Due to the nature of remote observing, it is beneficial to assess a few things before the evening’s run. First would be the weather. Everything from the Weather Service page, The Clear Sky Clock and the Jet Stream can be checked to have an idea of what kind of night is ahead. Although the Observing Specialist on Mount Wilson will be responsible for these assessments, it's a good idea to check anyway. During the day, maintenance or upgrades may have taken place with the Array so look for updates via email and the Array status from the observing specialist and/or CHARA staﬀ on Mount Wilson. Use the links below
Essential Observing Links
150-Foot Solar Tower Current TowerCam Image (http://www.astro.ucla.edu/~obs/towercam.htm) a live view of the mountain. Check the time stamp when viewing this page as the image can sometimes fail to refresh.
Caltech Millikan Library Camera (http://library.caltech.edu/milcam/) A view of Mt. Wilson from the south, good for watching low clouds and marine layer.
National Weather Service (http://forecast.weather.gov) Mount Wilson weather and 5 day forecast
CHARA telescopes spy cams and weather graph (http://www.astro.gsu.edu) Status of each CHARA telescope. Confirm the date and time on this page as well.
Aerospace Corporation weather station (http://www.weatherlink.com/user/mocam) Another local station at Mt. Wilson Observatory.
Jet stream forecast (http://squall.sfsu.edu/scripts/jetstream_modelsml_fcst.html) Monitors high level winds which degrade seeing
IR satellite loop (http://www.wrh.noaa.gov) Keeps an eye on storms and clouds coming in
California Regional Weather Server (http://squall.sfsu.edu/) A variety of weather links
Clear Sky Clock (http://cleardarksky.com/c/MtWilsonOBCAkey.html) a forecasting tool, but be aware that the humidity forecast is often incorrect on this site as it incorporates the marine layer forecast for the valley below, which does not affect us 80-90% of the time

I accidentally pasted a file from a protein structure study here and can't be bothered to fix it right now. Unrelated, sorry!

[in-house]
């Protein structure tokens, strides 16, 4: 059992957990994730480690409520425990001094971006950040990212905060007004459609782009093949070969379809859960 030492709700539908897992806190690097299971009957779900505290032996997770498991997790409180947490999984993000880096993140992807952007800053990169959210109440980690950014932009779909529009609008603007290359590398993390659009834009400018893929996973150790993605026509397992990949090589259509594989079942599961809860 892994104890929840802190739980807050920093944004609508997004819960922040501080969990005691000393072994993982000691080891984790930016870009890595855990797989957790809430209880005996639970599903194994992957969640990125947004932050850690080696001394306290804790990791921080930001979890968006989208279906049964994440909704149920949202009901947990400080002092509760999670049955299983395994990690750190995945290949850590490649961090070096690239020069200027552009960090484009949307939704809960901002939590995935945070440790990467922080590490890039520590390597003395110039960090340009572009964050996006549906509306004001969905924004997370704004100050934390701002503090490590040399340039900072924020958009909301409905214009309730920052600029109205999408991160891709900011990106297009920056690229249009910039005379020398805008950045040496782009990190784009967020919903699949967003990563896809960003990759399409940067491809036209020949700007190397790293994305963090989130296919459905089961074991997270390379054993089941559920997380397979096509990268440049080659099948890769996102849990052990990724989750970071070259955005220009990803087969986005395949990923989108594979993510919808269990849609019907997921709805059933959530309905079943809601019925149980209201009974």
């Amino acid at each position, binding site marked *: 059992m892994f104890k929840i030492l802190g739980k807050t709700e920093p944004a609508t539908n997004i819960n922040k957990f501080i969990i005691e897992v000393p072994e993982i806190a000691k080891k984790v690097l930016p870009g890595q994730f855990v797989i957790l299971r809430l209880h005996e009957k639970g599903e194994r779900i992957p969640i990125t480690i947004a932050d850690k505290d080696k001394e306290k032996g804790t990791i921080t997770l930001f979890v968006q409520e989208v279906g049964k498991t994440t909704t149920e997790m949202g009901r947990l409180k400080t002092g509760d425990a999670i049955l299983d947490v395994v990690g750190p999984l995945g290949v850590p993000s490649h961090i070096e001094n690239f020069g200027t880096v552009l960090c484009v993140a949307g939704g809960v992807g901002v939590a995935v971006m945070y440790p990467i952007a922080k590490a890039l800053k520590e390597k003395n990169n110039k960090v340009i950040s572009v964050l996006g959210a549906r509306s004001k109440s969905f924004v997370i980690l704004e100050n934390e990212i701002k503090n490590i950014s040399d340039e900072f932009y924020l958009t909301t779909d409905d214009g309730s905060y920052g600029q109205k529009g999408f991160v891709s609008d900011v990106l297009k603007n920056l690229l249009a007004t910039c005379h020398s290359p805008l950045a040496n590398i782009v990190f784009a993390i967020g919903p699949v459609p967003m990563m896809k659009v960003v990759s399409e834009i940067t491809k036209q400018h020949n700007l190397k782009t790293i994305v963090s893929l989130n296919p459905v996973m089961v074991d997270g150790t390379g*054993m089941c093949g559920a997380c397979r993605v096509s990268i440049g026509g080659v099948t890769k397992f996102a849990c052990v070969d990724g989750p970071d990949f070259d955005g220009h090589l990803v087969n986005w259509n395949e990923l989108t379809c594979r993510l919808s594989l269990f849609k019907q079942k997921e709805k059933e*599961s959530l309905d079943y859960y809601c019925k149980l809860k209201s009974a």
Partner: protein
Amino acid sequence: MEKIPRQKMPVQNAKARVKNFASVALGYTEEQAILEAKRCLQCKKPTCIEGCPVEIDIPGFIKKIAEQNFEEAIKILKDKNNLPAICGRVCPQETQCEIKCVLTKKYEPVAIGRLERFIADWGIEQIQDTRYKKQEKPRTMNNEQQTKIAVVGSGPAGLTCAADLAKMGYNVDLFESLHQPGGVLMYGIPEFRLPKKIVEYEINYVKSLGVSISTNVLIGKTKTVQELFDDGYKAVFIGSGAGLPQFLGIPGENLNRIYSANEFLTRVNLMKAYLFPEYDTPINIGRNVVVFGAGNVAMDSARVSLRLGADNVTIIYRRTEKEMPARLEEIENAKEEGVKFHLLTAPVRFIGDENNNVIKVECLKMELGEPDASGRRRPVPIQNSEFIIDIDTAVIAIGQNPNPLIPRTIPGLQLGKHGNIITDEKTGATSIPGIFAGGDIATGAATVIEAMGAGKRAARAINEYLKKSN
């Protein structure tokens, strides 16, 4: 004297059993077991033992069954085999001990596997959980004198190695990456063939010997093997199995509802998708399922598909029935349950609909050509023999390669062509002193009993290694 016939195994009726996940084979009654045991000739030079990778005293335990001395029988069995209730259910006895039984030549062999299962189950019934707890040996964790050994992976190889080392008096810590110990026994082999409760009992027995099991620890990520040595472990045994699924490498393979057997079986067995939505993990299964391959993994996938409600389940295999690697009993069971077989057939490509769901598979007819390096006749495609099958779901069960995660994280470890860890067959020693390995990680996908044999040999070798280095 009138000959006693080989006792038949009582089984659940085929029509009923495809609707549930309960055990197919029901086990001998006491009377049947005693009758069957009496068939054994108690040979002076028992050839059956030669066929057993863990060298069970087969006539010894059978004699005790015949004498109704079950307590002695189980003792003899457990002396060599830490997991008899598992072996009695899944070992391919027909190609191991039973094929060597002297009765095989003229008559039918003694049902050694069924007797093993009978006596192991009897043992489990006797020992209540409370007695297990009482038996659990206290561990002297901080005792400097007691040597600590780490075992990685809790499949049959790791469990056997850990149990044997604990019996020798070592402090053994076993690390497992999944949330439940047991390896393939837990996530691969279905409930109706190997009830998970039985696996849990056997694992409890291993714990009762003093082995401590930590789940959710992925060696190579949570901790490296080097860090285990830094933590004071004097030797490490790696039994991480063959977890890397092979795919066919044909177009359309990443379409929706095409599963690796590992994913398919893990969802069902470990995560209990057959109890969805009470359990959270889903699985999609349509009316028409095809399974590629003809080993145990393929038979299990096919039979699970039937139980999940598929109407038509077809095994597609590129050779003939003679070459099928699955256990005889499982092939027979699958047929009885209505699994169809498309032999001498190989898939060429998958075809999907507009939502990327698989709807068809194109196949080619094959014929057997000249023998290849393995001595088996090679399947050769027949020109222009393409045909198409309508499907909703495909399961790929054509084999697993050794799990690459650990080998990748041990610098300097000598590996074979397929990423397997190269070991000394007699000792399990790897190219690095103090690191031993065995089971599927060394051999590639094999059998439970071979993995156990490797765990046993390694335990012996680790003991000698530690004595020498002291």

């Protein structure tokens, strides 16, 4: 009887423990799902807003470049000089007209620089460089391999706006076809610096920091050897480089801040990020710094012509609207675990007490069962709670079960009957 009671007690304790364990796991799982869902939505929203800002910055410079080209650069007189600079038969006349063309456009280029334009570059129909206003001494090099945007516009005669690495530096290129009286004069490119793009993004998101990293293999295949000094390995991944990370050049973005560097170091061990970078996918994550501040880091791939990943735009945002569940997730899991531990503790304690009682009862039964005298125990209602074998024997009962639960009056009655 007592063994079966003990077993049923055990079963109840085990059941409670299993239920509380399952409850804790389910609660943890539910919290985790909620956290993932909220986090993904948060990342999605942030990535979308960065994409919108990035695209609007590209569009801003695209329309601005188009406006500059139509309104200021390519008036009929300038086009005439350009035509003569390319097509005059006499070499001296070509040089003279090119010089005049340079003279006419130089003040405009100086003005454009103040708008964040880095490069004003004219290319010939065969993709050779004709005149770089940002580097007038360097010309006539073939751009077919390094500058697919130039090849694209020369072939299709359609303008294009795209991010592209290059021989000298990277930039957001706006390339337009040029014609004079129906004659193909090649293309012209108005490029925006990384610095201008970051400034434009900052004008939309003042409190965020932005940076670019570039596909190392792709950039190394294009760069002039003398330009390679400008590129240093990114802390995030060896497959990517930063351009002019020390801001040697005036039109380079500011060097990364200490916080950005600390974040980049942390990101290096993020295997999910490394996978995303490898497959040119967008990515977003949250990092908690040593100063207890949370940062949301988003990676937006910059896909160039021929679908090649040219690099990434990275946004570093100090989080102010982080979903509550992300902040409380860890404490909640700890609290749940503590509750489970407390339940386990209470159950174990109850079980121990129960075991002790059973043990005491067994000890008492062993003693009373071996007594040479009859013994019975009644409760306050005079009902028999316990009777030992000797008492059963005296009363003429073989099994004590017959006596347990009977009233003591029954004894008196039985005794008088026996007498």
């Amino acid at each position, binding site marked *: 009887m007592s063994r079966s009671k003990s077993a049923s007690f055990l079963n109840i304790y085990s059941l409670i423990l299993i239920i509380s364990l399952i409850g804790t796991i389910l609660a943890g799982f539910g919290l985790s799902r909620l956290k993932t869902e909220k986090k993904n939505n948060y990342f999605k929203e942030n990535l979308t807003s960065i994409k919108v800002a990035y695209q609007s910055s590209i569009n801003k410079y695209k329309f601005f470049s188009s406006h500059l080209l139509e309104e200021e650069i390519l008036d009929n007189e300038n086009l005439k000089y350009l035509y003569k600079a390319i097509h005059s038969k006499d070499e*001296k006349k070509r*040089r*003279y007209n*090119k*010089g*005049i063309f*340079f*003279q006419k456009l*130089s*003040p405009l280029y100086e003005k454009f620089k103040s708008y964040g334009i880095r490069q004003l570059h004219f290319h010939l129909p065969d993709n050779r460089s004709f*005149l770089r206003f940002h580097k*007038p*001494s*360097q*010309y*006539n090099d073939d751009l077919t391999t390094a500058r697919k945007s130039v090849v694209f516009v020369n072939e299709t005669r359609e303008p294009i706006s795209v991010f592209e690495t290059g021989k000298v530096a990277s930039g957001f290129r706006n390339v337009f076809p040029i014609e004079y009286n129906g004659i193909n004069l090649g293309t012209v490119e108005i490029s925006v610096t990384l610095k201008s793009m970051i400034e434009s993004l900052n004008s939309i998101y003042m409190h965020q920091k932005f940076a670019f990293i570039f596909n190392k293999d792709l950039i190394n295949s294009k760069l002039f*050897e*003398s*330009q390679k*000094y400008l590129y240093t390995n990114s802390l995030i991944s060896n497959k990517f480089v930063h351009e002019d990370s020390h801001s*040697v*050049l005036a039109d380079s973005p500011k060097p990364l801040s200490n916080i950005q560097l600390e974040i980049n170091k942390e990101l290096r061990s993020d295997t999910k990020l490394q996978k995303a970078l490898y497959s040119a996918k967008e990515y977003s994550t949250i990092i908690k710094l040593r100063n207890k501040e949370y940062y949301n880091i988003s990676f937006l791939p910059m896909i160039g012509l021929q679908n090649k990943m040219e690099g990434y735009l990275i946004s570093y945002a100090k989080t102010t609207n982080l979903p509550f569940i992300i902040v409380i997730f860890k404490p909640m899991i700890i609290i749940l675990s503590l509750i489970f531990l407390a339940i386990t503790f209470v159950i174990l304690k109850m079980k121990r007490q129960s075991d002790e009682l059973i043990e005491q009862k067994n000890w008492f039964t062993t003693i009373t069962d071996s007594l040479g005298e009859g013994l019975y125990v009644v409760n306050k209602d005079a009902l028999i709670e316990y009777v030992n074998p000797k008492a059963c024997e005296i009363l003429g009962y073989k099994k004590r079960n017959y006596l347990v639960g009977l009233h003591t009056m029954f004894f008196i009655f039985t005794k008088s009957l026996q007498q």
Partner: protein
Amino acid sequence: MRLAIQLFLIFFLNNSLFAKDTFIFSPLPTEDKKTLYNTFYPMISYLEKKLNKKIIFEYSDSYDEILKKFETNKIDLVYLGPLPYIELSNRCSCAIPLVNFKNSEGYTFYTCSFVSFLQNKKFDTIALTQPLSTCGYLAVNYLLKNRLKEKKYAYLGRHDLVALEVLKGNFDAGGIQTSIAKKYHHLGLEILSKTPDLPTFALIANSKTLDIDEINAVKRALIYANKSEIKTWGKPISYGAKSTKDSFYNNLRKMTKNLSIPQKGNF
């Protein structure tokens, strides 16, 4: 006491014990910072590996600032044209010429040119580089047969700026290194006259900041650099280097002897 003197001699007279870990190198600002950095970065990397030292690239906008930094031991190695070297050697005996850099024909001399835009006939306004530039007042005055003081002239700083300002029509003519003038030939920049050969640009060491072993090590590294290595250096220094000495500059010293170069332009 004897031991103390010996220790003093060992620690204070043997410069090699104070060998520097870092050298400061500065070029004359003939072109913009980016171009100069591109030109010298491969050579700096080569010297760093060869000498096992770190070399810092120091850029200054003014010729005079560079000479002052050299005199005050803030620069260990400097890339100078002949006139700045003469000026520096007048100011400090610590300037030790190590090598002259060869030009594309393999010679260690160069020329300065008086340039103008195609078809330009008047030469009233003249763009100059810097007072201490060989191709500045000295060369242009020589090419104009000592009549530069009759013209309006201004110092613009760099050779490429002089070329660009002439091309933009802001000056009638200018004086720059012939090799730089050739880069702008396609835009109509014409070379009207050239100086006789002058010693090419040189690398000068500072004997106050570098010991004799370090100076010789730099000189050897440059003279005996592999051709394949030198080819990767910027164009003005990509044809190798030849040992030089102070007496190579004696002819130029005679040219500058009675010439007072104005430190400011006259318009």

Remote Observing Setup
The observing specialist on Mount Wilson will run all the servers locally. Before setting up, contact the mountain observing specialist to make sure the instrument is stable and ready. At this time nothing by the Remote Observer should ever be turned on unless an “All Clear” has been given by the observing specialist. The ﬁrst order is to set up the remote observing station monitors and or control panel. This is done with a background click to bring up the menu options and drop down choices for the various clients and GUI’S that will be used for the night's observing session.
The clients that we will use are:
NOTE: If a Client does not appear this means that the server is not yet running. Ask the Observing Specialist or standby for more information.
Each GUI has a STATUS button. The Status gives the observer information about the current status of that particular system. Since the servers are all run from the Mountain, it is essential that the STATUS GUI be run on the following systems that have a STATUS GUI option to use. A STATUS GUI should be used for the following:
Cosmic Debris - The Sequencer
Cosmic Debris is the main sequencer or control panel for the Array. This is a tabbed interface and what we use to execute the commands to observe and collect data. Cosmic Debris also gives the necessary information needed for observational targets. Inputting the stars designated number, then hitting the corresponding catalog name next to the the star (for example HD, HR, SAO, IRC), and clicking WHEN, will give the AZ & EL plus sky availability and the hour angle in the CD display window. The remote observer may use Cosmic Debris to follow along with the observations. It also will list information about the observing session. For example, when going to a star it will give the status of the acquisition procedure and also any error messages. Remote observers will not use Cosmic Debris to slew.